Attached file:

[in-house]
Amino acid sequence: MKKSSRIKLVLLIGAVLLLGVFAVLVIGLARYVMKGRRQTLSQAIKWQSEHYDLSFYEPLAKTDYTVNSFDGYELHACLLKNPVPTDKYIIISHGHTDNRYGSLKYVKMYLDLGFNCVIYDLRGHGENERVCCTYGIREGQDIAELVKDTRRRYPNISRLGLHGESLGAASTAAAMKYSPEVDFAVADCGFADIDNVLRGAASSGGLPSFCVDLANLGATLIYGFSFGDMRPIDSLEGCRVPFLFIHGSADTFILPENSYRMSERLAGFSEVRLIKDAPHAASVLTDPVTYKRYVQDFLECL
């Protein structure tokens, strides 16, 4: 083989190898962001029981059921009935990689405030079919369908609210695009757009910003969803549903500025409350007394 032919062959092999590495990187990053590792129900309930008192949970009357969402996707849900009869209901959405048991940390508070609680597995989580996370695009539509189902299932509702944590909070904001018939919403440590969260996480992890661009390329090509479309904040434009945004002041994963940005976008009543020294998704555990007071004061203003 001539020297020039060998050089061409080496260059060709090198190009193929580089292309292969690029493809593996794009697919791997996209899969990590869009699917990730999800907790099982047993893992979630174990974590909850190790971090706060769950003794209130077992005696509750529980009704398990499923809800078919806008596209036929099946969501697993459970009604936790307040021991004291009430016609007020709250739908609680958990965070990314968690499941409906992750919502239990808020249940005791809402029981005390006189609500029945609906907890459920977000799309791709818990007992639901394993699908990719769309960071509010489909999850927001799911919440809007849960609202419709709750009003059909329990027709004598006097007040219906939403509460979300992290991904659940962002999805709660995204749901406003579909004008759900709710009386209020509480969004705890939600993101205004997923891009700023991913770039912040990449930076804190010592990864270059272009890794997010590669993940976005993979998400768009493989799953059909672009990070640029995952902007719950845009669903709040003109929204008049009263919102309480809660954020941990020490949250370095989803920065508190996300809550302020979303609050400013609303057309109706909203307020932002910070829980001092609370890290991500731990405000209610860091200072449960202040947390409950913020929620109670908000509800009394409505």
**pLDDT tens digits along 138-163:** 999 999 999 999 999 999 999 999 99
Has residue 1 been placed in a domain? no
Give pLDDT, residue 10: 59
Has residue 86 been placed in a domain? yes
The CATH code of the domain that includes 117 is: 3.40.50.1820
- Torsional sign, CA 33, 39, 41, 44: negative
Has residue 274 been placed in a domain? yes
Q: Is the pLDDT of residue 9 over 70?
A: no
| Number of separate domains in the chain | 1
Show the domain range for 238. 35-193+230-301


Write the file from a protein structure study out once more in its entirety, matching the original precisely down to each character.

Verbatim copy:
[in-house]
Amino acid sequence: MKKSSRIKLVLLIGAVLLLGVFAVLVIGLARYVMKGRRQTLSQAIKWQSEHYDLSFYEPLAKTDYTVNSFDGYELHACLLKNPVPTDKYIIISHGHTDNRYGSLKYVKMYLDLGFNCVIYDLRGHGENERVCCTYGIREGQDIAELVKDTRRRYPNISRLGLHGESLGAASTAAAMKYSPEVDFAVADCGFADIDNVLRGAASSGGLPSFCVDLANLGATLIYGFSFGDMRPIDSLEGCRVPFLFIHGSADTFILPENSYRMSERLAGFSEVRLIKDAPHAASVLTDPVTYKRYVQDFLECL
């Protein structure tokens, strides 16, 4: 083989190898962001029981059921009935990689405030079919369908609210695009757009910003969803549903500025409350007394 032919062959092999590495990187990053590792129900309930008192949970009357969402996707849900009869209901959405048991940390508070609680597995989580996370695009539509189902299932509702944590909070904001018939919403440590969260996480992890661009390329090509479309904040434009945004002041994963940005976008009543020294998704555990007071004061203003 001539020297020039060998050089061409080496260059060709090198190009193929580089292309292969690029493809593996794009697919791997996209899969990590869009699917990730999800907790099982047993893992979630174990974590909850190790971090706060769950003794209130077992005696509750529980009704398990499923809800078919806008596209036929099946969501697993459970009604936790307040021991004291009430016609007020709250739908609680958990965070990314968690499941409906992750919502239990808020249940005791809402029981005390006189609500029945609906907890459920977000799309791709818990007992639901394993699908990719769309960071509010489909999850927001799911919440809007849960609202419709709750009003059909329990027709004598006097007040219906939403509460979300992290991904659940962002999805709660995204749901406003579909004008759900709710009386209020509480969004705890939600993101205004997923891009700023991913770039912040990449930076804190010592990864270059272009890794997010590669993940976005993979998400768009493989799953059909672009990070640029995952902007719950845009669903709040003109929204008049009263919102309480809660954020941990020490949250370095989803920065508190996300809550302020979303609050400013609303057309109706909203307020932002910070829980001092609370890290991500731990405000209610860091200072449960202040947390409950913020929620109670908000509800009394409505």
**pLDDT tens digits along 138-163:** 999 999 999 999 999 999 999 999 99
Has residue 1 been placed in a domain? no
Give pLDDT, residue 10: 59
Has residue 86 been placed in a domain? yes
The CATH code of the domain that includes 117 is: 3.40.50.1820
- Torsional sign, CA 33, 39, 41, 44: negative
Has residue 274 been placed in a domain? yes
Q: Is the pLDDT of residue 9 over 70?
A: no
| Number of separate domains in the chain | 1
Show the domain range for 238. 35-193+230-301